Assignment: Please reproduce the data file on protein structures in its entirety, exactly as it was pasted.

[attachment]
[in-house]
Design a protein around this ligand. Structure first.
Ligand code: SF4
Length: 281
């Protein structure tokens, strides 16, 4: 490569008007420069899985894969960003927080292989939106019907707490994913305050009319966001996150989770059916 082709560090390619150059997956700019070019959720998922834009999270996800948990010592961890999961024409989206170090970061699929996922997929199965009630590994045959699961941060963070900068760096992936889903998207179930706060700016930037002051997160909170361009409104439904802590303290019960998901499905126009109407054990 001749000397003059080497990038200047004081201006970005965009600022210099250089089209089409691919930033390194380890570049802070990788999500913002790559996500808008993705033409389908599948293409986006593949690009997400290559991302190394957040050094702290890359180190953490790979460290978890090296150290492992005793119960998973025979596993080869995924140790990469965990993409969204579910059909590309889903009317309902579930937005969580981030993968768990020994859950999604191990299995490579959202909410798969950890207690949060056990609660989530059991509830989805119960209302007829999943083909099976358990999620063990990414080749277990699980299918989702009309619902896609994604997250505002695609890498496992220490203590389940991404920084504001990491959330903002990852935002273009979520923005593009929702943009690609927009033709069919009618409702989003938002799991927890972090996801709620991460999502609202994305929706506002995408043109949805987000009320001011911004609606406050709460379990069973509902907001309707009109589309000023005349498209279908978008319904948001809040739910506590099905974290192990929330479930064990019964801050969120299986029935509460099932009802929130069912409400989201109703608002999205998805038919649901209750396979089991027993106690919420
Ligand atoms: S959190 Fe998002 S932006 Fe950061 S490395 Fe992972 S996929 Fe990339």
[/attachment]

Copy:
[in-house]
Design a protein around this ligand. Structure first.
Ligand code: SF4
Length: 281
């Protein structure tokens, strides 16, 4: 490569008007420069899985894969960003927080292989939106019907707490994913305050009319966001996150989770059916 082709560090390619150059997956700019070019959720998922834009999270996800948990010592961890999961024409989206170090970061699929996922997929199965009630590994045959699961941060963070900068760096992936889903998207179930706060700016930037002051997160909170361009409104439904802590303290019960998901499905126009109407054990 001749000397003059080497990038200047004081201006970005965009600022210099250089089209089409691919930033390194380890570049802070990788999500913002790559996500808008993705033409389908599948293409986006593949690009997400290559991302190394957040050094702290890359180190953490790979460290978890090296150290492992005793119960998973025979596993080869995924140790990469965990993409969204579910059909590309889903009317309902579930937005969580981030993968768990020994859950999604191990299995490579959202909410798969950890207690949060056990609660989530059991509830989805119960209302007829999943083909099976358990999620063990990414080749277990699980299918989702009309619902896609994604997250505002695609890498496992220490203590389940991404920084504001990491959330903002990852935002273009979520923005593009929702943009690609927009033709069919009618409702989003938002799991927890972090996801709620991460999502609202994305929706506002995408043109949805987000009320001011911004609606406050709460379990069973509902907001309707009109589309000023005349498209279908978008319904948001809040739910506590099905974290192990929330479930064990019964801050969120299986029935509460099932009802929130069912409400989201109703608002999205998805038919649901209750396979089991027993106690919420
Ligand atoms: S959190 Fe998002 S932006 Fe950061 S490395 Fe992972 S996929 Fe990339």